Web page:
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People v. Pernell

ILLINOIS APPELLATE COURT — FIRST DISTRICT (3RD DIVISION) REVERSED AND REMANDED.


OPINION FILED MAY 23, 1979.

THE PEOPLE OF THE STATE OF ILLINOIS, PLAINTIFF-APPELLEE,

v.

DARWIN PERNELL, DEFENDANT-APPELLANT.

APPEAL from the Circuit Court of Cook County; the Hon. ADAM N. STILLO, Judge, presiding.

MR. JUSTICE RIZZI DELIVERED THE OPINION OF THE COURT:

Defendant, Darwin Pernell, was convicted of murder in a jury trial and sentenced to 20-40 years imprisonment. He contends that the jury was not properly instructed regarding the State's burden of proof on the issue of self-defense, and that the trial judge improperly precluded him from testifying as to his state of mind at the time of the occurrence. We reverse and remand because the jury was not properly instructed on the issue of self-defense.

• 1 On November 12, 1976, the defendant shot and killed Julian Beasley. The defendant maintains that he acted in self-defense; this issue was properly raised during the trial. Self-defense is an affirmative defense. Once it is properly raised, the burden is on the State to prove beyond a reasonable doubt that the defendant was not justified in using the force which he used. Ill. Rev. Stat. 1977, ch. 38, pars. 3-2(b), 7-14; People v. Graves (1978), 61 Ill. App.3d 732, 742, 378 N.E.2d 293, 301; People v. Ortiz (1978), 65 Ill. App.3d 525, 532, 382 N.E.2d 303, 308.

• 2 Whether the jury was properly instructed on the issue of self-defense is the decisive point in this case. The State tendered Illinois Pattern Jury Instructions, Criminal, No. 7.02 (1968) (hereinafter IPI), which was given to the jury over defendant's objection. IPI Criminal No. 7.02 is the issue instruction for murder cases when an affirmative defense is not an issue. It is an improper instruction when the affirmative defense of self-defense has been properly raised. (People v. Sunquist (1977), 55 Ill. App.3d 263, 266, 370 N.E.2d 864, 866.) IPI Criminal No. 25.05 must be given in lieu of IPI Criminal No. 7.02 when self-defense is an issue. *fn1 (Sunquist, 55 Ill. App.3d 263, 266-68, 370 N.E.2d 864, 866-68; People v. Wright (1974), 24 Ill. App.3d 536, 541, 321 N.E.2d 52, 56.) IPI Criminal No. 25.05 adds to the propositions of IPI Criminal No. 7.02, the issue of whether the defendant was not justified in using the force which he used; it places the burden upon the State to prove this issue beyond a reasonable doubt. Plainly, in this case IPI Criminal No. 25.05 should have been given to the jury rather than IPI Criminal No. 7.02.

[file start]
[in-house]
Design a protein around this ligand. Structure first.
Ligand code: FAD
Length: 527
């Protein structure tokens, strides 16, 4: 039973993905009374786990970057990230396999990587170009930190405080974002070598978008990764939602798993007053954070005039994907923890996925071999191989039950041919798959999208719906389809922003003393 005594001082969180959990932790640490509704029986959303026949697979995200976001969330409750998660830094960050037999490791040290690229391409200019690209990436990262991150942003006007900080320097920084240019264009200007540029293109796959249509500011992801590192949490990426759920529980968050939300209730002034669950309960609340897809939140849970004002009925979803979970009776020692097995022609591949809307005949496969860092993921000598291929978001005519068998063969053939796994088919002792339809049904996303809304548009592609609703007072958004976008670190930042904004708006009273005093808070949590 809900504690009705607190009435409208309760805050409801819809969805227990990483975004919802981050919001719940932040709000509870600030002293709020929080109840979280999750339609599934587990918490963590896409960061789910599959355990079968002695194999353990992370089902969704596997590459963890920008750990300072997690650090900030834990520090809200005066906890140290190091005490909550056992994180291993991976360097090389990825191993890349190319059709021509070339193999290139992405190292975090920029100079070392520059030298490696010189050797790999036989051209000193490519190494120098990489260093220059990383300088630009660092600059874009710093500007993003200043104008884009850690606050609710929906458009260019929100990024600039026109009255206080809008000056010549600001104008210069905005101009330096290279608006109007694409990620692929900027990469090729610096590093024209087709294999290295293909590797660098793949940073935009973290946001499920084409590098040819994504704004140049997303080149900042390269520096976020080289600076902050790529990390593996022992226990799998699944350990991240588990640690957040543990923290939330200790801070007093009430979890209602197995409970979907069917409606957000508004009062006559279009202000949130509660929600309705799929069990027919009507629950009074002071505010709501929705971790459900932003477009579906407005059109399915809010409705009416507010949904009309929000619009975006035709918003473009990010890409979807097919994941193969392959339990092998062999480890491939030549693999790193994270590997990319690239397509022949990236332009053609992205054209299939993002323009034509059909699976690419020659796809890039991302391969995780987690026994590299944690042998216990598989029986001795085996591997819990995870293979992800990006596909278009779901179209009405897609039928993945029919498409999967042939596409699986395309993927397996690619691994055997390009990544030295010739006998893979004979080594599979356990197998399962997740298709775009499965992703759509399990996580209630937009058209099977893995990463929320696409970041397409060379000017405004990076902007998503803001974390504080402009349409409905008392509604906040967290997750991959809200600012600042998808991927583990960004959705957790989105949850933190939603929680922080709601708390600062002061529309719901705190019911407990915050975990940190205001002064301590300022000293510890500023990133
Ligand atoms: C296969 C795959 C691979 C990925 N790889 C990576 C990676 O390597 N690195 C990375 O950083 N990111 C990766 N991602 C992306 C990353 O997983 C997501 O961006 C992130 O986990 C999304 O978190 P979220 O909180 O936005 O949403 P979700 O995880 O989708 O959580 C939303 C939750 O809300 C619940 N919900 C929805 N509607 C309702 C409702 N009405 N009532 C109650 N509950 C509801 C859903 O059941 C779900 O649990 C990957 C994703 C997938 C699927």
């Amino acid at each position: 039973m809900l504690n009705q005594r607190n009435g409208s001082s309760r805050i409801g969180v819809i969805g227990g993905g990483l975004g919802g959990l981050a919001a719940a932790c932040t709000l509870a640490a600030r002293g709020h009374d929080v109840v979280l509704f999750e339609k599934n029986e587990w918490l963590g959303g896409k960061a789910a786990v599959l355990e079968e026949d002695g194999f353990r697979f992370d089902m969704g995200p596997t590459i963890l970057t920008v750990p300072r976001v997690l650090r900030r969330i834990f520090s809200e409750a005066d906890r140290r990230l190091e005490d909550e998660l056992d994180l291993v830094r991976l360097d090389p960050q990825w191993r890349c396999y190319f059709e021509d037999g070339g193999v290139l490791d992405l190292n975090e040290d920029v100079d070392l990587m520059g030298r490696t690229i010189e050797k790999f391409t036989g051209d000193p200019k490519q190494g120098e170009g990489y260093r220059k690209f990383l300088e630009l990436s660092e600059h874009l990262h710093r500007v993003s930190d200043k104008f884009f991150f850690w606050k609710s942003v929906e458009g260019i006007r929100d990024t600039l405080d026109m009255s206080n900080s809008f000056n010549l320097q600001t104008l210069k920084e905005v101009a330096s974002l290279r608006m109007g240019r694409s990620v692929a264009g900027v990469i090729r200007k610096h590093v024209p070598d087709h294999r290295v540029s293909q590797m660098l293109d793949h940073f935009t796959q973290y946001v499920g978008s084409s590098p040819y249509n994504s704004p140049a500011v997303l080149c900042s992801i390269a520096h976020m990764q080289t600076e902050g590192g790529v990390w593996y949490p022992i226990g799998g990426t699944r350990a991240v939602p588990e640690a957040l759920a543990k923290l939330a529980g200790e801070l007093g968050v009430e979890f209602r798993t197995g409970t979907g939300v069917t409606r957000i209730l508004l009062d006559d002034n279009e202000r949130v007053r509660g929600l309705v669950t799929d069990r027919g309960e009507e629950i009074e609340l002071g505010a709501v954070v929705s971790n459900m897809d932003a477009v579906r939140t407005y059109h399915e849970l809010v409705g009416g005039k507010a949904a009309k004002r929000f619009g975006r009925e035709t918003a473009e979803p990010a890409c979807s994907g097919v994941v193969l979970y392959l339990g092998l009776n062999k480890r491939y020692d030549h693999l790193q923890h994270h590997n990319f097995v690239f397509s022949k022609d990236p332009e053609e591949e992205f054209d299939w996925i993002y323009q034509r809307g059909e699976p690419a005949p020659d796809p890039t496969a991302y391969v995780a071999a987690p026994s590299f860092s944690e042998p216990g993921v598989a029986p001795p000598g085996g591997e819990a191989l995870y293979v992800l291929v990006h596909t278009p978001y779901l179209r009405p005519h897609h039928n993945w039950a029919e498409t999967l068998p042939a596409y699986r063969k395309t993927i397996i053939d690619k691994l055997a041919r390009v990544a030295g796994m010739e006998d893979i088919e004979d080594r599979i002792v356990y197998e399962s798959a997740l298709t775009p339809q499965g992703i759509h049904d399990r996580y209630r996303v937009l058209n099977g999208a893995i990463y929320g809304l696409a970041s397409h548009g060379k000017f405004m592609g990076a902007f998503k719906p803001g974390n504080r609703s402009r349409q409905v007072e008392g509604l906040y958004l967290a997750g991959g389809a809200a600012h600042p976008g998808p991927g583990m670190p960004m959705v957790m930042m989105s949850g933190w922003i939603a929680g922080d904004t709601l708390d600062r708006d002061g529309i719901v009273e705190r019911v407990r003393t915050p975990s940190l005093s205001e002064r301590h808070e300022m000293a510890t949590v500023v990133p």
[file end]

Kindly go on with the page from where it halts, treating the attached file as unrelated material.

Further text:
• 3 Although the defendant objected to IPI Criminal No. 7.02, he did not tender IPI Criminal No. 25.05. The State, therefore, argues that the defendant waived any claim that IPI Criminal No. 25.05 rather than IPI Criminal No. 7.02 should have been given to the jury. While the failure to tender a particular instruction may constitute a waiver of any claim that the instruction should have been given, we believe the defendant's failure to tender IPI Criminal No. 25.05 is not as important with reference to fundamental fairness as the quintessential requirement that the jury be properly instructed when one stands to lose his liberty. (See Sunquist, 55 Ill. App.3d 263, 266-67, 370 N.E.2d 864, 867; Graves, 61 Ill. App.3d 732, 741-42, 378 N.E.2d 293, 300-01; Wright, 24 Ill. App.3d 536, 541, 321 N.E.2d 52, 57; cf. People v. Jenkins (1977), 69 Ill.2d 61, 65-67, 370 N.E.2d 532, 534.) When there are such grave errors in proffered jury instructions so as to affect plain justice, it is the duty of the court in our judge-and-jury system to inform the jury as to the law. See Jenkins, 69 Ill.2d 61, 66, 370 N.E.2d 532, 534; Graves, 61 Ill. App.3d 732, 741, 378 N.E.2d 293, 301.